Wednesday, November 2, 2011

More extruder improvements...

My extruder design has evolved some more... The last iteration (seen here ) worked quite well, but would succumb to jamming after a few hours of printing. After having to dismantle it once too often it was time to think things out a little further. Here's my latest construction, and some detail on the changes I've made.
Latest extruder iteration pictured above, printing a set of PLA bushings for a friend.

Pict (above) showing most of the components making up my latest hot-end construction.

I identified some issues with the previous design that were addressed in the new version. Here's some of the issues I encountered.

Heat migration upwards through through the stainless pipe was taking place over longer print runs, despite the cooling fan and small heat-sink. When I increased the cooling (larger fan, closer to heat-sink) the hot-end could not reach it's target target temperature.

The heating of the stainless tube and subsequently the PTFE liner and filament was leading to an expansion of the PTFE and softening of the filament, too far from the hot end. It would loose it's rigidity, expand, even buckle and eventually jam.

I didn't want to have to go down the road of a more powerful heater, so I chose to address it from a different angle. I made some basic changes...
a) I narrowed the neck of the stainless tube just above where it meets the brass. This reduced the cross-sectional-area of the tube, reducing the heat bridge, and made a most amazing difference reducing the heat migration rate considerably. This was evident by a faster time to target temperature, due to less heat loss, and the cooling fan was now able to keep-up with cooling the stainless tube, while the heater block easily maintained targer temperature.

b) I cut off some of the upper portion of the brass nozzle, reducing contact area with the stainless steel.

c) I threaded the ss tube fully, drilled and tapped an aluminium block, and fitted some salvaged heat-sinks to the block. This is a bit over-kill in terms of extracting heat from the ss tube, but it does work well, and takes just a little air flow from the fan to keep everything cool.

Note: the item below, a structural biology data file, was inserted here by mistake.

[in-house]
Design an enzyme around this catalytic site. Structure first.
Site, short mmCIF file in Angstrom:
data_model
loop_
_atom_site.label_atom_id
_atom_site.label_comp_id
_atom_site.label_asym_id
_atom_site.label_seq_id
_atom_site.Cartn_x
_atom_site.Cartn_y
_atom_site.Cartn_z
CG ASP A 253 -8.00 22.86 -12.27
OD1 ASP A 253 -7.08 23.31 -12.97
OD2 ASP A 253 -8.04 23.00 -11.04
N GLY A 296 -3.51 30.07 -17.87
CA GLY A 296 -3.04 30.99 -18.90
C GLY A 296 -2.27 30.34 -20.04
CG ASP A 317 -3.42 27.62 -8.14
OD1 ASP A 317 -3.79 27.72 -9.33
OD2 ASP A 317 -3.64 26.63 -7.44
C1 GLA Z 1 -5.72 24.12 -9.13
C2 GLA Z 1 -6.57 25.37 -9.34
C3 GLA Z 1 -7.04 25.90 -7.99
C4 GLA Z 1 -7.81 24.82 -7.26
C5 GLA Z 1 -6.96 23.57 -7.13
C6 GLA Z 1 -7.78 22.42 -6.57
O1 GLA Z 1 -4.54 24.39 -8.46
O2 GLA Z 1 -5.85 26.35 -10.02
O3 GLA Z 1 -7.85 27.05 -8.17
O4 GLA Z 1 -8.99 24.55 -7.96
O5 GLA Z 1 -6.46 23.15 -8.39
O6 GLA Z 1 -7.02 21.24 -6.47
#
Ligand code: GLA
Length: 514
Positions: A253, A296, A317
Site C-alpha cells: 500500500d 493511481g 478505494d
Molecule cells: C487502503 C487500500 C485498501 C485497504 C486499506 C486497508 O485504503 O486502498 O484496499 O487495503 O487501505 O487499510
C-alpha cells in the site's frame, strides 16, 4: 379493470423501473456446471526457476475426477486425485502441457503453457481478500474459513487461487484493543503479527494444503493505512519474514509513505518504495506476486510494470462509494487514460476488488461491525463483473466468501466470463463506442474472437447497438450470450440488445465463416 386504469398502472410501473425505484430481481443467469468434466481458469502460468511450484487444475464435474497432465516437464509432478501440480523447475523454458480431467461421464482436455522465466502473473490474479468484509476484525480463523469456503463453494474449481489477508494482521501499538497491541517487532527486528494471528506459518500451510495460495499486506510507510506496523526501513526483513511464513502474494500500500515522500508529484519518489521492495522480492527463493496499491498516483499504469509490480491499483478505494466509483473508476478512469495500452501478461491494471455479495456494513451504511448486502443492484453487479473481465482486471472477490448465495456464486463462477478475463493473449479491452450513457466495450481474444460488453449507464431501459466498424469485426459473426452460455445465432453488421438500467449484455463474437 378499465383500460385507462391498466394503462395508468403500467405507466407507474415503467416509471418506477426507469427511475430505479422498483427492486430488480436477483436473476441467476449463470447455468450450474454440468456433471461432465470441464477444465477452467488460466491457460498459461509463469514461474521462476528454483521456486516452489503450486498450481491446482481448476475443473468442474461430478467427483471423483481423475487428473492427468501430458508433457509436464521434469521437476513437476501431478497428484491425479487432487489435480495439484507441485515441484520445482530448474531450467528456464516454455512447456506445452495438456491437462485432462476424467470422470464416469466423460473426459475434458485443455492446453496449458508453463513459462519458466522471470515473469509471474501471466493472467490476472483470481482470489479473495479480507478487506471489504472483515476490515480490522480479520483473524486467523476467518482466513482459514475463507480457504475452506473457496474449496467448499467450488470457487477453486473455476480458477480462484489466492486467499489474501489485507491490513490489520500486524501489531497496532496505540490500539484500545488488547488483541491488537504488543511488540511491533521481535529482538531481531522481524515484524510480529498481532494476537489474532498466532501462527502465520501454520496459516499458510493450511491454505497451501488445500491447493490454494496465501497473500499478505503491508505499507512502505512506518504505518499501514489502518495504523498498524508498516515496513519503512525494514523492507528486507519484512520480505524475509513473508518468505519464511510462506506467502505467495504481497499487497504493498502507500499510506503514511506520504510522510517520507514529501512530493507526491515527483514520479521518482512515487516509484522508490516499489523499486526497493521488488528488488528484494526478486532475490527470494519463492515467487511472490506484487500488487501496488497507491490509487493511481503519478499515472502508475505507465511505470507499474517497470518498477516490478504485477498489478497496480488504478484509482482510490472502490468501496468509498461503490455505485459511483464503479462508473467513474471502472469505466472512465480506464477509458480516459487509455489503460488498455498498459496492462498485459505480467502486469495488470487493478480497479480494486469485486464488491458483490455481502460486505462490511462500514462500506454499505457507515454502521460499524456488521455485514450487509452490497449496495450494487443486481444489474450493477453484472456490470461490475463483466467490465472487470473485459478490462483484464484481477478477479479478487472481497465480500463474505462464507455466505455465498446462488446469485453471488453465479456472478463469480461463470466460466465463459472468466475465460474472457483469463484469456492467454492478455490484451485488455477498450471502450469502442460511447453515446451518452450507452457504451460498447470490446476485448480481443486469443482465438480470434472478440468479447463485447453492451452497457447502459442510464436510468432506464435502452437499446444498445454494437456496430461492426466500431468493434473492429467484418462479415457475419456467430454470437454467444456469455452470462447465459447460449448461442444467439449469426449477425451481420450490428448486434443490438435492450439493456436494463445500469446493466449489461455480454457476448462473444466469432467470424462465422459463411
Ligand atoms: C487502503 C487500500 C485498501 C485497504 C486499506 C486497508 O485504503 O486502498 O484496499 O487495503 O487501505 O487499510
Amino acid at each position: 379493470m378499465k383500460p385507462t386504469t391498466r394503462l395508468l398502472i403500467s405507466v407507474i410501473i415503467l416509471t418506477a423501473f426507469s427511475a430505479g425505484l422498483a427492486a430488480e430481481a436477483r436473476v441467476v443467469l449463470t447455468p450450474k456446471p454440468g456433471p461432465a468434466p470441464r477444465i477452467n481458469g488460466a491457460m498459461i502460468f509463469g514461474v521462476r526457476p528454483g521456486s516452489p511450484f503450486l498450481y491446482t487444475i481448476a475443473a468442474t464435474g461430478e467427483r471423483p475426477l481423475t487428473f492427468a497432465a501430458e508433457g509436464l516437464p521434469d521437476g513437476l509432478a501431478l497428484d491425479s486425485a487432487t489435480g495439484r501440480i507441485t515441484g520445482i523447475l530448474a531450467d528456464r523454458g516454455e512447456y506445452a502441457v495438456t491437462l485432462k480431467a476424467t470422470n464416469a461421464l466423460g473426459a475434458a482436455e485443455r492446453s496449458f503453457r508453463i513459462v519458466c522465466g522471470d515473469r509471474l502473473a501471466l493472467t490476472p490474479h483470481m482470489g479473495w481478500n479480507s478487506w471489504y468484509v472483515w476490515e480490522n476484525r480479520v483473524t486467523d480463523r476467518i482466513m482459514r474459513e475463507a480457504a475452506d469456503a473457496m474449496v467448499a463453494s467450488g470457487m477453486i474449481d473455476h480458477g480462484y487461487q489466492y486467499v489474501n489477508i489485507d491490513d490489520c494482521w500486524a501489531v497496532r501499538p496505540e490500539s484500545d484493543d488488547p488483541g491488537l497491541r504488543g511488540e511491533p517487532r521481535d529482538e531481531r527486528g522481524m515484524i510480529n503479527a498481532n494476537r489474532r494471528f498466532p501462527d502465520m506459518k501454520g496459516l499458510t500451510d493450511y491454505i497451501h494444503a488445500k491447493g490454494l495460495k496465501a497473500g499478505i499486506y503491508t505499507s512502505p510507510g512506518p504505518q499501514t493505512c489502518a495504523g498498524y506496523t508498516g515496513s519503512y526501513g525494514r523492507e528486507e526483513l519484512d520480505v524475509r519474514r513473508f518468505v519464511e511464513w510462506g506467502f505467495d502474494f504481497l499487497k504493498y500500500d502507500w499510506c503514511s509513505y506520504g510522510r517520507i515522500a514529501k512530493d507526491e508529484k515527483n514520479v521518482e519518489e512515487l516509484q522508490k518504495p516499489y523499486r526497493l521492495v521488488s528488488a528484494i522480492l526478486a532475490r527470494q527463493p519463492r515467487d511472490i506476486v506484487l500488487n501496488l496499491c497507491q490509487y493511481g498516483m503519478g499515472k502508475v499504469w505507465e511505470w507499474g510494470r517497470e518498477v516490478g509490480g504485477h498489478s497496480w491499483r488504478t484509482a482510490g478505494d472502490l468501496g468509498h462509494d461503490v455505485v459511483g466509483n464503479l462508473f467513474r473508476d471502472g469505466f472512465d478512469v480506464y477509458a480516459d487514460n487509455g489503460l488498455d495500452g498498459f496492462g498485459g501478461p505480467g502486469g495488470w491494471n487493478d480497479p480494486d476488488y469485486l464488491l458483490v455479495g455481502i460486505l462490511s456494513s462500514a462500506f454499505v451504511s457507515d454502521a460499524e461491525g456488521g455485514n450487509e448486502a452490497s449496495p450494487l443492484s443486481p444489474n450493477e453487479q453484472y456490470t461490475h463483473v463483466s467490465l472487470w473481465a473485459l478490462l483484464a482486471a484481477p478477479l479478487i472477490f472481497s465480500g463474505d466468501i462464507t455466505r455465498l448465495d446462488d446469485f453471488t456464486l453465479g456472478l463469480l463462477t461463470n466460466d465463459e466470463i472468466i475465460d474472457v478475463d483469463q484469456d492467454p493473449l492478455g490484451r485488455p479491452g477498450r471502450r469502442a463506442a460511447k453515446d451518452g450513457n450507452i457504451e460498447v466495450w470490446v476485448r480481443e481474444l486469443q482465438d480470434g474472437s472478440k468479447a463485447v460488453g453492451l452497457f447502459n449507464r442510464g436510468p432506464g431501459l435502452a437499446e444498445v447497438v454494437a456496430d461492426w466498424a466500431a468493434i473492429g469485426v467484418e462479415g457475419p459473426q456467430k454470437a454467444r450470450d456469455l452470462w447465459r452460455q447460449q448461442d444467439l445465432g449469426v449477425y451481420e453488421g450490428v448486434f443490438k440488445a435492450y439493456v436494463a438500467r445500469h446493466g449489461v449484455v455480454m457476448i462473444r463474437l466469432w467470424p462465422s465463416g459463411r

d) A final problem I experienced, worth mentioning, was the PTFE liner tube moving within the stainless tube. If the PTFE moved away from where it met the brass, the soft PLA would enter that gap, and would eventually cause a jam. My observations are that PTFE expands and contracts significantly with changes of temperature, and this expansion and shrinkage, especially with the length of PTFE I'm using, is problematic. (I can see myself moving towards a fully stainless solution soon - no PTFE liner).

With the PTFE expanding due to heat migration upwards, I also found it pushed out of the top of the ss tube, so I devised a better way of capping the tube, to hold the PFTE in the tube. this is the purpose of the domed cap-nut you see in the photo above, and also below from a different angle.


Here's another photo of the domed nut which caps the ss tube, holding the PTFE liner in place.



I drilled a 2mm hole in the top of the domed nut. Also visible here is the much reduced and newly shaped aluminium plate, which is shaped to slot into my new x-carriage (I'm now using a "Gregs LM8UU X Carriage" ). The domed nut slots nicely into my extruder cold-end which is a "Gregs hinged accessible extruder". I printed that also, so it's been an amazing process printing enhancements! It just gets better and better! :-)



With the extruder fitted and working nicely, I then went on to print a better fan ducting, that would attach nicely to the x-carriage. Rich obliged by sharing his design... Here's my printed version.


That's it for now. Happy printing!

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